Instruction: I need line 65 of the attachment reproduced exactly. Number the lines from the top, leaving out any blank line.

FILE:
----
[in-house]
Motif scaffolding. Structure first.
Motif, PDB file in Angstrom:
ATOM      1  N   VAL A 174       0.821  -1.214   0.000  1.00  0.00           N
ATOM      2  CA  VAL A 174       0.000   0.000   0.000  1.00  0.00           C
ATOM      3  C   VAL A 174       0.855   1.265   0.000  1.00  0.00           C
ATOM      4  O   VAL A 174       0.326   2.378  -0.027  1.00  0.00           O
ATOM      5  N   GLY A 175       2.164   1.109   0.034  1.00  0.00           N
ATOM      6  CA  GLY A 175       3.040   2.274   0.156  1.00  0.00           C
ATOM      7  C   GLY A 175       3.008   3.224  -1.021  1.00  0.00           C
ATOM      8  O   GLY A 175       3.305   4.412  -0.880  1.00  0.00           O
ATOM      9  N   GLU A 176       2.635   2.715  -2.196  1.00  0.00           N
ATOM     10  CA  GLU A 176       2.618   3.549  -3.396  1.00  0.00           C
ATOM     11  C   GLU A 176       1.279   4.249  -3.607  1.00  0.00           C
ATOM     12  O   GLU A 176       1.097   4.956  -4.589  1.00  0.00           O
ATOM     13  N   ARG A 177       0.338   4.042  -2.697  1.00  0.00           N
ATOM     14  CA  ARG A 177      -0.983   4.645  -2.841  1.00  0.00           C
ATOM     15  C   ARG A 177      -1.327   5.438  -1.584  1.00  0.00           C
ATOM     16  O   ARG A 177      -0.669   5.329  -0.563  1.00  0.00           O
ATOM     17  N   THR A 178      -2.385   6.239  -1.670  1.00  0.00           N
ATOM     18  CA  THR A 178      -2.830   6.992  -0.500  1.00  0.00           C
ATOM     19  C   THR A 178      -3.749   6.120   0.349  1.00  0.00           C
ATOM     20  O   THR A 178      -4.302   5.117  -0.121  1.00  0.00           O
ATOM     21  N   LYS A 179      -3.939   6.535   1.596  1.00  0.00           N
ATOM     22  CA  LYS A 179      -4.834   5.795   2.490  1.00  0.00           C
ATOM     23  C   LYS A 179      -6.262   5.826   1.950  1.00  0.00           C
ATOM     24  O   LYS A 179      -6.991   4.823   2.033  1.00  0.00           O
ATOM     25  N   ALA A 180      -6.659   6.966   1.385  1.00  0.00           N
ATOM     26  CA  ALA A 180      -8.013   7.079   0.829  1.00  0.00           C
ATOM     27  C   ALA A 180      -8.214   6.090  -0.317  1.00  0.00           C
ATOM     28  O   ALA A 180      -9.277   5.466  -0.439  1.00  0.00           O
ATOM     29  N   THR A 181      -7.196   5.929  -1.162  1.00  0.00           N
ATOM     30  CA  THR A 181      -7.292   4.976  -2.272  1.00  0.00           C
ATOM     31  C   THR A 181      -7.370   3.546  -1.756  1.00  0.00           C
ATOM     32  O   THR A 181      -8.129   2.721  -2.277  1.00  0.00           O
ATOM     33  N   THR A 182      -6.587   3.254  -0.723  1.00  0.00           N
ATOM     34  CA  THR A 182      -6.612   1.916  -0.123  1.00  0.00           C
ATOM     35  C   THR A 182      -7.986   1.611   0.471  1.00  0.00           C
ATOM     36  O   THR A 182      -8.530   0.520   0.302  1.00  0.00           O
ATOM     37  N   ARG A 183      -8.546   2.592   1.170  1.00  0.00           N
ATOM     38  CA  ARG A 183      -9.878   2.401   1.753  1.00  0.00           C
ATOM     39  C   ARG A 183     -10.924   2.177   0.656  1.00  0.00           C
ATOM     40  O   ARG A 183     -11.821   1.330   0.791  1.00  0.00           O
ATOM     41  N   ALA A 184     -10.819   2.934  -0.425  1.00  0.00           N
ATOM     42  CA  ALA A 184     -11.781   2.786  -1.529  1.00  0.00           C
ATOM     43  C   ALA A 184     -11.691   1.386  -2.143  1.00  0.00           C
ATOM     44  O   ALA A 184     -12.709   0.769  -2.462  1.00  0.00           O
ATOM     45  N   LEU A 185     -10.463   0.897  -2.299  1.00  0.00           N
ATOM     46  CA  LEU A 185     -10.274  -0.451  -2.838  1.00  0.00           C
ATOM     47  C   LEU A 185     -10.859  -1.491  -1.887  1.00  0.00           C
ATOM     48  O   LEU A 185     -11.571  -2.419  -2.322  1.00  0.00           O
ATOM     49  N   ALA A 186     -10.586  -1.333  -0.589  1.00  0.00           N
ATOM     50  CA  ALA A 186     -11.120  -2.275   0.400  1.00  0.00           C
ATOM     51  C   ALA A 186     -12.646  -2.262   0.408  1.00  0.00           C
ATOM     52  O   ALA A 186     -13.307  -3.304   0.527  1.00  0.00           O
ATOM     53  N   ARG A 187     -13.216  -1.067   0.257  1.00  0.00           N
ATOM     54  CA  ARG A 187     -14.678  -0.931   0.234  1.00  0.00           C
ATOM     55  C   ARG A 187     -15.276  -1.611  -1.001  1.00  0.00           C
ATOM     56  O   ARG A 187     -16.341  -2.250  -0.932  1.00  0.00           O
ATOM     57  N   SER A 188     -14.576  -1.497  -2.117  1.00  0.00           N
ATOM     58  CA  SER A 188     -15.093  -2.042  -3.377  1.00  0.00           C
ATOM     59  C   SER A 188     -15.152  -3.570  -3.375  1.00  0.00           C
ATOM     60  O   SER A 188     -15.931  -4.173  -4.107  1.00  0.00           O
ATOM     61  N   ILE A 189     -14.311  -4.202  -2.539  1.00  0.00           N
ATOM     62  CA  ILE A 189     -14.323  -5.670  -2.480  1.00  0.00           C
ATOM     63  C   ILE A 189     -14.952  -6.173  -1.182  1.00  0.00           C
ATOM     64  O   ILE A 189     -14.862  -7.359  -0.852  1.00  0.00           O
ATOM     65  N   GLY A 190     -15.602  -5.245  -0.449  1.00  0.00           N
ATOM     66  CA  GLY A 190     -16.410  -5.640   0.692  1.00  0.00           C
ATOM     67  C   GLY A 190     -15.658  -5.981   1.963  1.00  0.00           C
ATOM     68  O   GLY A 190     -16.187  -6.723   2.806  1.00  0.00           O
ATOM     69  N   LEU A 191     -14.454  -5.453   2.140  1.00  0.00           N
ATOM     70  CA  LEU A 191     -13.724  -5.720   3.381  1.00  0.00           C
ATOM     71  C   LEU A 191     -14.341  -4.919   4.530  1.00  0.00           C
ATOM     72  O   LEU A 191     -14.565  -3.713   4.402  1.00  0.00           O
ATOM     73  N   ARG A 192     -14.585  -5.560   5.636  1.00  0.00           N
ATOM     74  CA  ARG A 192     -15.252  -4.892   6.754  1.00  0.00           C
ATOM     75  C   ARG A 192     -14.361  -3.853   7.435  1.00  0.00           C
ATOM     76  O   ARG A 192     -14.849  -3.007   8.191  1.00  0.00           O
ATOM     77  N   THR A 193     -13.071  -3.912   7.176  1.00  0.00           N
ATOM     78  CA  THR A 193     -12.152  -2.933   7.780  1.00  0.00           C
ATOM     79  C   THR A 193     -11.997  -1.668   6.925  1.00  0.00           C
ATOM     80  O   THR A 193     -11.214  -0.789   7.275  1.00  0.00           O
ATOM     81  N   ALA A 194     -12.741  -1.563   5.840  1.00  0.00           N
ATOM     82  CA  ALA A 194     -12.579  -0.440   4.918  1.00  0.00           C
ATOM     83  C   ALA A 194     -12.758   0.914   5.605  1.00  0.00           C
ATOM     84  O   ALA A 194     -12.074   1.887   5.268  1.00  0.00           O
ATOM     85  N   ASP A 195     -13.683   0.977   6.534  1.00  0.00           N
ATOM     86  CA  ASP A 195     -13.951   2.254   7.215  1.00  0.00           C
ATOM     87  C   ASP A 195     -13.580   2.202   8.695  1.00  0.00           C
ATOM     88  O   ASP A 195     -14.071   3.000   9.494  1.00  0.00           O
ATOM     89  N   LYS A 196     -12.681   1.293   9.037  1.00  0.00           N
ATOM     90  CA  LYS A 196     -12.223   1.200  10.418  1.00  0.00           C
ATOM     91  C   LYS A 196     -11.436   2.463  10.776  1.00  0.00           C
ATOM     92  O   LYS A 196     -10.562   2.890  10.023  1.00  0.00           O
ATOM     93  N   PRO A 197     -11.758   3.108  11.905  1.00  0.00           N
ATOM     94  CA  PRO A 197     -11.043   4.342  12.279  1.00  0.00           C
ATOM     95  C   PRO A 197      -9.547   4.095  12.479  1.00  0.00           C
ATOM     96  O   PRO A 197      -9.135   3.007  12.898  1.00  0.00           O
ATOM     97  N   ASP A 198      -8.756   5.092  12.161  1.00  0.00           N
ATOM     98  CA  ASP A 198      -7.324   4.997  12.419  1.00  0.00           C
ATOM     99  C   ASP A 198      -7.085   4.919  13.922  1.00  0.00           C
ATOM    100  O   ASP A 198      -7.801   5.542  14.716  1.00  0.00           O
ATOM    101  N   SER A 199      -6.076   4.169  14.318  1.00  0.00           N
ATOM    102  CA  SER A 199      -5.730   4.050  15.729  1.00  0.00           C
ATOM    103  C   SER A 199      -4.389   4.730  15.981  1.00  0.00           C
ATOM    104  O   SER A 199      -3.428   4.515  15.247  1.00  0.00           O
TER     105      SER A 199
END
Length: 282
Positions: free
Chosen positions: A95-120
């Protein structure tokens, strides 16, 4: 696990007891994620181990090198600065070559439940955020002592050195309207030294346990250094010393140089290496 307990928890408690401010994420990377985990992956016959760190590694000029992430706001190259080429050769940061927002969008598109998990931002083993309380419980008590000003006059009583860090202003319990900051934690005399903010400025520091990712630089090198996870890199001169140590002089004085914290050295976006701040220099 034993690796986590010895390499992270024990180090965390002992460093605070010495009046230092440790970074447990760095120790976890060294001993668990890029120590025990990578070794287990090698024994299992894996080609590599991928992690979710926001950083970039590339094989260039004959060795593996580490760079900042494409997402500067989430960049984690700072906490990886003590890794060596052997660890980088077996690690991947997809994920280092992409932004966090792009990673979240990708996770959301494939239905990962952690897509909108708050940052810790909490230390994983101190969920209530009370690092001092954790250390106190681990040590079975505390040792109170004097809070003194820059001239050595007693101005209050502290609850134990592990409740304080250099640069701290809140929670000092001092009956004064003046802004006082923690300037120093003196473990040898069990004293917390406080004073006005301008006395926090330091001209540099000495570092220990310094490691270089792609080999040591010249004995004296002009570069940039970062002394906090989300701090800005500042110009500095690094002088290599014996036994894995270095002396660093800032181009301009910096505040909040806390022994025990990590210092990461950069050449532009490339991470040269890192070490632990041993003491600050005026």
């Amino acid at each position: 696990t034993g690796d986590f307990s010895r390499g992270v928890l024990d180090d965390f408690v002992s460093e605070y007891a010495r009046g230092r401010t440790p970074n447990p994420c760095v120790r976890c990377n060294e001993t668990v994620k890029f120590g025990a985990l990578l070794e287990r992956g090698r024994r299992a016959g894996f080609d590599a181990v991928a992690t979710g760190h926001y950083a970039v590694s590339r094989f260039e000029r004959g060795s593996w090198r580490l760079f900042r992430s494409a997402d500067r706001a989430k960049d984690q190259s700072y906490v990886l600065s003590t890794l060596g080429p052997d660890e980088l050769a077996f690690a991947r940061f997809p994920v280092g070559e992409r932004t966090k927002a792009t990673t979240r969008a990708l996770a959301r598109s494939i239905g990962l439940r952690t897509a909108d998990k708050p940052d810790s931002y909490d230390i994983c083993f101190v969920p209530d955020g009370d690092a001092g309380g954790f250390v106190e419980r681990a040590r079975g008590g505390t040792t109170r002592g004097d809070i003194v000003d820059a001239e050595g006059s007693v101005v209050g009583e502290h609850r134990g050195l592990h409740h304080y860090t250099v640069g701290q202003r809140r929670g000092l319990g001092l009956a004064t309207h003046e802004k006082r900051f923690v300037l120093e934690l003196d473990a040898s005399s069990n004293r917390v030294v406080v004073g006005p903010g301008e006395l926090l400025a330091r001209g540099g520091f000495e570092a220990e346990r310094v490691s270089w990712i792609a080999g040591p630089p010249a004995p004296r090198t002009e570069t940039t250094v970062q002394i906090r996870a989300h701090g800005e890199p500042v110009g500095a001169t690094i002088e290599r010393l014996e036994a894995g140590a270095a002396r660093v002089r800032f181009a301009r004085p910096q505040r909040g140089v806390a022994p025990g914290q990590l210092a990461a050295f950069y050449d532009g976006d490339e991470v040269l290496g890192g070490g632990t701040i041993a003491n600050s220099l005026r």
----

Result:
ATOM     62  CA  ILE A 189     -14.323  -5.670  -2.480  1.00  0.00           C